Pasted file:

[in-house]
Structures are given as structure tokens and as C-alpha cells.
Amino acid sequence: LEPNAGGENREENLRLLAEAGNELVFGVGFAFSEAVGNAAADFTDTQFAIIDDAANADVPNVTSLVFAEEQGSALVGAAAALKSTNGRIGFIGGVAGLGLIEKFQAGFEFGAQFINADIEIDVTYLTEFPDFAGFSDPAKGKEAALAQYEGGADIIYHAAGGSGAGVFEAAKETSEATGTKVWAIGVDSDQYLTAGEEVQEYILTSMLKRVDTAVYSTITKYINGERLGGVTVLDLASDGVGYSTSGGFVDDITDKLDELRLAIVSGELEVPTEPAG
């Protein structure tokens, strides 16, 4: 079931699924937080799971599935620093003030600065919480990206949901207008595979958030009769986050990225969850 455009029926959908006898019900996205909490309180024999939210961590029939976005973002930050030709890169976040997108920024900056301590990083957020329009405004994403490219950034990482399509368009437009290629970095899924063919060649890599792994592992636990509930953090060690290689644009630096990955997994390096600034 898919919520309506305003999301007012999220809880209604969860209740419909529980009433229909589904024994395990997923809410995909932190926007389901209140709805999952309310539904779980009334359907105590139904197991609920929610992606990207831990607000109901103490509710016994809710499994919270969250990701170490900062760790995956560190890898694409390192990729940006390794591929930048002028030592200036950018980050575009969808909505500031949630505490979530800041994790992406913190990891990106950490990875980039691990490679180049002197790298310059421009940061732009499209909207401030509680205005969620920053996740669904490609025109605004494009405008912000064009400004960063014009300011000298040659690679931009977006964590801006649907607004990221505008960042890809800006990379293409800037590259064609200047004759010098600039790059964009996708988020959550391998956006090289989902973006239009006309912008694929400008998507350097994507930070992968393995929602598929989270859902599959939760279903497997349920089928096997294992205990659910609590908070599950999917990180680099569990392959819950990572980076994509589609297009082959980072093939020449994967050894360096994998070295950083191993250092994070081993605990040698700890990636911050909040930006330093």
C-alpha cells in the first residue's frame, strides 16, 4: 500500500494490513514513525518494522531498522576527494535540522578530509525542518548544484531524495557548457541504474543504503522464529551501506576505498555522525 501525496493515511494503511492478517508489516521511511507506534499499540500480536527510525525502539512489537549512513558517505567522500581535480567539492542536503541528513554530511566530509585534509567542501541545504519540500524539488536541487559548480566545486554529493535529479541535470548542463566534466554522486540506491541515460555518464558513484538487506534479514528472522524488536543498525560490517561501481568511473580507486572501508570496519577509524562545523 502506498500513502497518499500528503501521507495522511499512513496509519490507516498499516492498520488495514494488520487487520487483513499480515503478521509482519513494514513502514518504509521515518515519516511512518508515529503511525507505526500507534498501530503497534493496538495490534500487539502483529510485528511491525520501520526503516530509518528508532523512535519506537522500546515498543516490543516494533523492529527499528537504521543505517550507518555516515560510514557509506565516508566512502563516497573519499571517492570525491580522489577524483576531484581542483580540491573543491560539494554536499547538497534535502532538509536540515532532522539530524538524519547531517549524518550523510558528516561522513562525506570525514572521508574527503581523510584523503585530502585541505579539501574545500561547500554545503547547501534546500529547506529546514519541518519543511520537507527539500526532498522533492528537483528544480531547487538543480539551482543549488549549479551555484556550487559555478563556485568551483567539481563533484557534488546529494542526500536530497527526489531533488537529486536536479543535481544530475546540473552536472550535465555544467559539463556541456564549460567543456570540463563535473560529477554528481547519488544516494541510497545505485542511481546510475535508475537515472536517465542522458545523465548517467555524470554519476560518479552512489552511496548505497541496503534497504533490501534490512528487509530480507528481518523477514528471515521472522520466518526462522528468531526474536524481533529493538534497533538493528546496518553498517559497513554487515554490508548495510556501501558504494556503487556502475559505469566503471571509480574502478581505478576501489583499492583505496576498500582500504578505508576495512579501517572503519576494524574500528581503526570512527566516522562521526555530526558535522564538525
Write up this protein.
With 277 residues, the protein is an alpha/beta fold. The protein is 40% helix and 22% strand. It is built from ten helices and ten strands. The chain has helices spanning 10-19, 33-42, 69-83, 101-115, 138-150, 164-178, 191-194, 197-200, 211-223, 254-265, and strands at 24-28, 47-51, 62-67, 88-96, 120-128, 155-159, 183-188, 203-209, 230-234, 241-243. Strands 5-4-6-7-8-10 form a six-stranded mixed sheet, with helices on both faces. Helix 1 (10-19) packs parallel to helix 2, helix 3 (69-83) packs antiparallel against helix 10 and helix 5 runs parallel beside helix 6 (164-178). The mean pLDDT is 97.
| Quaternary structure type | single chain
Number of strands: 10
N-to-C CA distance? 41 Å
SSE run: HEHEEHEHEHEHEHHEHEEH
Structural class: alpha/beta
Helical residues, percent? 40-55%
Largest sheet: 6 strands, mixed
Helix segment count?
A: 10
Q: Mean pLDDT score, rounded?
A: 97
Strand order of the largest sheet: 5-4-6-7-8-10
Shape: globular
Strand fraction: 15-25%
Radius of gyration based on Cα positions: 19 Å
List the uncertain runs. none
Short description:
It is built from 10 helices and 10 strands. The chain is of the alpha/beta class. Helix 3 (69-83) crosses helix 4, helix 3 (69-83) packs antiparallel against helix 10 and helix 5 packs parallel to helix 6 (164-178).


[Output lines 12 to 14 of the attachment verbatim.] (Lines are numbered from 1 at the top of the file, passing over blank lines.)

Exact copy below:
Structural class: alpha/beta
Helical residues, percent? 40-55%
Largest sheet: 6 strands, mixed